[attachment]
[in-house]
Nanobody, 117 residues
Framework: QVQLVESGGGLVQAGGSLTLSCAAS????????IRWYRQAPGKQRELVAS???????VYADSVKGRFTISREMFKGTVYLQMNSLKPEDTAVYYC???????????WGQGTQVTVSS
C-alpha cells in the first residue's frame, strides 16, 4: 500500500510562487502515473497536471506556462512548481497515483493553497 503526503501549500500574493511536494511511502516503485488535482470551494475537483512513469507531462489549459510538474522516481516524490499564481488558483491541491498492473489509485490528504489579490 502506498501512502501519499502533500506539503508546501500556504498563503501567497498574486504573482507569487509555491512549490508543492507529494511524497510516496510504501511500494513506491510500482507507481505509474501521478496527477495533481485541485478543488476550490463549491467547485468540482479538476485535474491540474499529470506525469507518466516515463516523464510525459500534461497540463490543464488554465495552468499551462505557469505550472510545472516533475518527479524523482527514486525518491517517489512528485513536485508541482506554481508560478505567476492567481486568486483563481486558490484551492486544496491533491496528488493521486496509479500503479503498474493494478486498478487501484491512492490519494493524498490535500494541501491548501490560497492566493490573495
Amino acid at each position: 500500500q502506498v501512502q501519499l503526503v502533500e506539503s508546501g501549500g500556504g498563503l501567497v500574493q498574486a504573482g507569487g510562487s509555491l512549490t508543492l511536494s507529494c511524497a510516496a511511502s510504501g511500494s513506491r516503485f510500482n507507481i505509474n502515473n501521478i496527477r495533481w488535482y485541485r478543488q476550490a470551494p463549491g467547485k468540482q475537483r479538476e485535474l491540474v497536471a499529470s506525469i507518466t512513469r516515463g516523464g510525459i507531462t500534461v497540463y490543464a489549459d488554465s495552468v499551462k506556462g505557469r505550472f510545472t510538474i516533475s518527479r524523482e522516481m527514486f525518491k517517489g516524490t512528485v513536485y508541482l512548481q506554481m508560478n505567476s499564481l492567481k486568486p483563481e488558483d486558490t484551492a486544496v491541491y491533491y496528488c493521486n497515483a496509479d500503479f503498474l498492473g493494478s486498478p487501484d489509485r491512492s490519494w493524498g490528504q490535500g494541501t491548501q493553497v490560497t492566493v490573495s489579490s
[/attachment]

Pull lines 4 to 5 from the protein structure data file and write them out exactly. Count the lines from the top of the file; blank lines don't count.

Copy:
C-alpha cells in the first residue's frame, strides 16, 4: 500500500510562487502515473497536471506556462512548481497515483493553497 503526503501549500500574493511536494511511502516503485488535482470551494475537483512513469507531462489549459510538474522516481516524490499564481488558483491541491498492473489509485490528504489579490 502506498501512502501519499502533500506539503508546501500556504498563503501567497498574486504573482507569487509555491512549490508543492507529494511524497510516496510504501511500494513506491510500482507507481505509474501521478496527477495533481485541485478543488476550490463549491467547485468540482479538476485535474491540474499529470506525469507518466516515463516523464510525459500534461497540463490543464488554465495552468499551462505557469505550472510545472516533475518527479524523482527514486525518491517517489512528485513536485508541482506554481508560478505567476492567481486568486483563481486558490484551492486544496491533491496528488493521486496509479500503479503498474493494478486498478487501484491512492490519494493524498490535500494541501491548501490560497492566493490573495
Amino acid at each position: 500500500q502506498v501512502q501519499l503526503v502533500e506539503s508546501g501549500g500556504g498563503l501567497v500574493q498574486a504573482g507569487g510562487s509555491l512549490t508543492l511536494s507529494c511524497a510516496a511511502s510504501g511500494s513506491r516503485f510500482n507507481i505509474n502515473n501521478i496527477r495533481w488535482y485541485r478543488q476550490a470551494p463549491g467547485k468540482q475537483r479538476e485535474l491540474v497536471a499529470s506525469i507518466t512513469r516515463g516523464g510525459i507531462t500534461v497540463y490543464a489549459d488554465s495552468v499551462k506556462g505557469r505550472f510545472t510538474i516533475s518527479r524523482e522516481m527514486f525518491k517517489g516524490t512528485v513536485y508541482l512548481q506554481m508560478n505567476s499564481l492567481k486568486p483563481e488558483d486558490t484551492a486544496v491541491y491533491y496528488c493521486n497515483a496509479d500503479f503498474l498492473g493494478s486498478p487501484d489509485r491512492s490519494w493524498g490528504q490535500g494541501t491548501q493553497v490560497t492566493v490573495s489579490s